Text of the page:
We’re now hearing rumours that the public sector pay freeze may be for several years, across the whole sector. If that’s true, that reinforces the need for unions to work together and build coordinated action as soon as possible, aimed at breaking the freeze before it becomes a “fact-on-the-ground” over a long period.
The wider the coordination, the more impactful the action will be. Having said this, aiming for coordination can’t be allowed to hold back those unions, or groups of workers within unions, from taking action when they’re ready. If PCS needs to act alone, or in coordination with a smaller number of unions which are prepared to fight, we’ll do that, whilst still aiming for the maximum coordination across the sector. Our National Executive Committee meets on 10 December and will decide our initial strategy.
Over 100,000 people have now signed our petition opposing the civil service pay freeze, which means it will now be discussed in Parliament. We have no expectation that the debate will be particularly productive, but it does mean the profile of the issue will be raised.
In the Department for Business, Energy, and Industrial Strategy (BEIS), an industrial action ballot involving our outsourced members closes on 8 December. They’ve been forced to come into the office, despite the fact that the vast majority of the directly-employed civil servants who work there are working from home. It’s disgraceful that this overwhelmingly BAME workforce has been directly exposed to a greater level of risk than directly-employed, and majority-white, workmates. We’ll also shortly commence a ballot for some of our driving instructor members, for action to resist being pushed back into conducting tests once the lockdown in England ends.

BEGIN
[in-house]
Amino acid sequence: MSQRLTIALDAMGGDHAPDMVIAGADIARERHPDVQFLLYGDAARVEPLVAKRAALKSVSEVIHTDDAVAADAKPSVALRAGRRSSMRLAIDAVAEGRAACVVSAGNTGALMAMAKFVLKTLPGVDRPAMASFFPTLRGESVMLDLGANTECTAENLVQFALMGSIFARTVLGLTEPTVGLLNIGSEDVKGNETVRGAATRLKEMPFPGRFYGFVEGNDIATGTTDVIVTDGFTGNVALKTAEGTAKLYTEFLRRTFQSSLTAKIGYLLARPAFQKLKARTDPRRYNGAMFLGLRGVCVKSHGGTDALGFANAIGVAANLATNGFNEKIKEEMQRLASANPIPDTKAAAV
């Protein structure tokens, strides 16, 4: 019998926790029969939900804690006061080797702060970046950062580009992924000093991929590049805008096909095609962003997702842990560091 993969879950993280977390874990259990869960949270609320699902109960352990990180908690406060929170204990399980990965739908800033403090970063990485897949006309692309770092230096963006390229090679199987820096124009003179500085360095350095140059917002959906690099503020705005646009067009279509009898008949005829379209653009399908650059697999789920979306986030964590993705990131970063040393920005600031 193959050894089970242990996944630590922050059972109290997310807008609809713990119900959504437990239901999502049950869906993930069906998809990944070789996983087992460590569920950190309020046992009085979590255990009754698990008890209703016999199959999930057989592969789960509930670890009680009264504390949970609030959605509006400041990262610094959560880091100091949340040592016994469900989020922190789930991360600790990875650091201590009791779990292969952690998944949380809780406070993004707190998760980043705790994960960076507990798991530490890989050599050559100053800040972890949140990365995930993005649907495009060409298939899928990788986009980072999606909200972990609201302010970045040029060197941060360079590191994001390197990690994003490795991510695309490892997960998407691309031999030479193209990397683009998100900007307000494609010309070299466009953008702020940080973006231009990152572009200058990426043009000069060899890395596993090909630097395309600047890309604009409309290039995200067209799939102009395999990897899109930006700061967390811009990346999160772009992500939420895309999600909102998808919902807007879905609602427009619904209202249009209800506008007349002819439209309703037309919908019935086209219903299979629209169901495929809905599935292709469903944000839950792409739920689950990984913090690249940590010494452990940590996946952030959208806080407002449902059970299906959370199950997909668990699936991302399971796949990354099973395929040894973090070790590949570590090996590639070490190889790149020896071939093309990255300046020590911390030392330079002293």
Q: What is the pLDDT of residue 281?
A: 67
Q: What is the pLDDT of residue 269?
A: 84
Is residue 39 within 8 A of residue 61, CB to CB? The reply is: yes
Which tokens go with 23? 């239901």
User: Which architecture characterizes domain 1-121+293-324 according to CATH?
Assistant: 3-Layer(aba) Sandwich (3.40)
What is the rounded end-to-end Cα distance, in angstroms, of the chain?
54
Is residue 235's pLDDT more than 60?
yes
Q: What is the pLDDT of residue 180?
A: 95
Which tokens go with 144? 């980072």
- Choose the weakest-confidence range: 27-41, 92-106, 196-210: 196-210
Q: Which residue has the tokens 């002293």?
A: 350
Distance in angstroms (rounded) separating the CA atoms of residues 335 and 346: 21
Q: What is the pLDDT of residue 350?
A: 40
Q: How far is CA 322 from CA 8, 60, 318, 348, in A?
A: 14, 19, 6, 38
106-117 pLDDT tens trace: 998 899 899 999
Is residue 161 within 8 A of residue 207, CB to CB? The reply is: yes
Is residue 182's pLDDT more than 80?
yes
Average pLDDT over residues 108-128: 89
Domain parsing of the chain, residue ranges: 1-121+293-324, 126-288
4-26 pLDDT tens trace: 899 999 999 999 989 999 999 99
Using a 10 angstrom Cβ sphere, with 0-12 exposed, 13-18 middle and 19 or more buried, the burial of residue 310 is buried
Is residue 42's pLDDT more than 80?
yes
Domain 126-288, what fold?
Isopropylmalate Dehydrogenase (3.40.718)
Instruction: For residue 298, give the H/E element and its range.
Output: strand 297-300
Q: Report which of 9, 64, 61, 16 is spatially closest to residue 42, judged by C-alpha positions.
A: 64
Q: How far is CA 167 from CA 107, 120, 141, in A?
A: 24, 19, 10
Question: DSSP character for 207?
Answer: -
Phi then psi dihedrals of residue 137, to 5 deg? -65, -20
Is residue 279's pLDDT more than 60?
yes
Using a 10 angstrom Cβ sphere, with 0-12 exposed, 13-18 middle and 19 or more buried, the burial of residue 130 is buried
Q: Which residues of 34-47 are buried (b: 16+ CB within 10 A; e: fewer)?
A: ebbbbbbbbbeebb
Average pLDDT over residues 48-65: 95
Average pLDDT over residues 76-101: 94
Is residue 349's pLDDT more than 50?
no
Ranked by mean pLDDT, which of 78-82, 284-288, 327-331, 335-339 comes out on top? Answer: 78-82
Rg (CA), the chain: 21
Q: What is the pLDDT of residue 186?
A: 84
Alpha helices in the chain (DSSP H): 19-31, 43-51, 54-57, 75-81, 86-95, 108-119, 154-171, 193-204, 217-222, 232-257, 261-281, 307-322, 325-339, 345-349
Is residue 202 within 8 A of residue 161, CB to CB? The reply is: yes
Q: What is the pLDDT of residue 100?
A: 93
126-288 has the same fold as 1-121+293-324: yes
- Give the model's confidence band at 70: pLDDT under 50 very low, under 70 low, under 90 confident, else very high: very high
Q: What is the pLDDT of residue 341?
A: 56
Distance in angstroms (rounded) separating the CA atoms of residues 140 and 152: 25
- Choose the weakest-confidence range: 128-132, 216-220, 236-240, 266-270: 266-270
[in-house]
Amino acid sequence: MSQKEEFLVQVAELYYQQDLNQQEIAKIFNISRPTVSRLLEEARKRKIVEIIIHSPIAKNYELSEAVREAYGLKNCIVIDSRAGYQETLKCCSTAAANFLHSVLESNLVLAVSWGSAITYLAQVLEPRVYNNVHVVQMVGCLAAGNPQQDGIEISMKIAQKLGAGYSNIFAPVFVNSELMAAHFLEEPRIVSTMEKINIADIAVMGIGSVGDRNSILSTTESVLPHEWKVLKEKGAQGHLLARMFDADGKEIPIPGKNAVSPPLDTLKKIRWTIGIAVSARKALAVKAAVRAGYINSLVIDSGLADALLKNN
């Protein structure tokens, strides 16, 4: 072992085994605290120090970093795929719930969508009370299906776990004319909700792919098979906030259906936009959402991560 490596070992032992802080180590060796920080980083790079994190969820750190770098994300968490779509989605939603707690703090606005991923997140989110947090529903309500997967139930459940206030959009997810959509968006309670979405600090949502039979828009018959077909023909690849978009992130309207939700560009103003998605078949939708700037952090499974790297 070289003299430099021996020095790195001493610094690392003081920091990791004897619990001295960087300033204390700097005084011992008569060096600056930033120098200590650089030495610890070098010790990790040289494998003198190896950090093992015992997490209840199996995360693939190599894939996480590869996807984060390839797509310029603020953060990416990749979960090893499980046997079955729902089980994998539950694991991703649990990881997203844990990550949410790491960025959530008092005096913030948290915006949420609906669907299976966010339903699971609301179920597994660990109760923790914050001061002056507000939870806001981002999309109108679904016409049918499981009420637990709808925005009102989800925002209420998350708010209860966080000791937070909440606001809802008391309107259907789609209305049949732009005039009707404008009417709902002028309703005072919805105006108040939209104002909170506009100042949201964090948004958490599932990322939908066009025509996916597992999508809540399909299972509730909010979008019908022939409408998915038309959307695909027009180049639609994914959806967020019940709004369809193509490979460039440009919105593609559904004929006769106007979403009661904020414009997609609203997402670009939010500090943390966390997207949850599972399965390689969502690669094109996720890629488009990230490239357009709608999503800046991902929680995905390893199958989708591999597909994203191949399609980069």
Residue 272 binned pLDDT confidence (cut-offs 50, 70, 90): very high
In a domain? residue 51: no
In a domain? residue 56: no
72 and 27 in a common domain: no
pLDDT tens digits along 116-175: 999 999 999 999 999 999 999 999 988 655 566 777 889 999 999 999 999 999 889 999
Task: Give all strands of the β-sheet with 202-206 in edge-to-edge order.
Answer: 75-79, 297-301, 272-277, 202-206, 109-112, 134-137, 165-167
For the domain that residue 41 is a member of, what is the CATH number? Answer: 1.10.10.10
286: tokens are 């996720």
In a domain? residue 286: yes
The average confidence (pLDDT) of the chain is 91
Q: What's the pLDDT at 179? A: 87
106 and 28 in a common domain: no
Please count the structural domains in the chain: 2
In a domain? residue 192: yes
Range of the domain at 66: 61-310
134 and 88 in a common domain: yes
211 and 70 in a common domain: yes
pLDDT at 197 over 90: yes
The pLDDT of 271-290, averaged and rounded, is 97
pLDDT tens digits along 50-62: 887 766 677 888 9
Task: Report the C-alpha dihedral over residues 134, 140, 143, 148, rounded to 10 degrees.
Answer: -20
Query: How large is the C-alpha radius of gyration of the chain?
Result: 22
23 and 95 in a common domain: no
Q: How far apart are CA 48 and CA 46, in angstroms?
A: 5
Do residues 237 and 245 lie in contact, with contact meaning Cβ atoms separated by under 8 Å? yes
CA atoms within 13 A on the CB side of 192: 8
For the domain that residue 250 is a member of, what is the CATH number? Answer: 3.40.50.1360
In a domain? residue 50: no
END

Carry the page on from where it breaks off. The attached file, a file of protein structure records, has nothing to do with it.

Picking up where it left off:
Internally, the union is planning a strategic review of our structures and how we organise. This needs to be a serious discussion about further democratising the union and empowering the rank and file. Everyone says they’re for a “member-led union”, but what does that mean in practice? That’s the basis on which the review should take place. It needs to look at some administrative questions and tightening up some processes, but fundamentally it needs to be a discussion about making the union more democratic and more responsive to the struggles members face in the workplace.
• John Moloney is assistant general secretary of the civil service workers’ union PCS, writing here in a personal capacity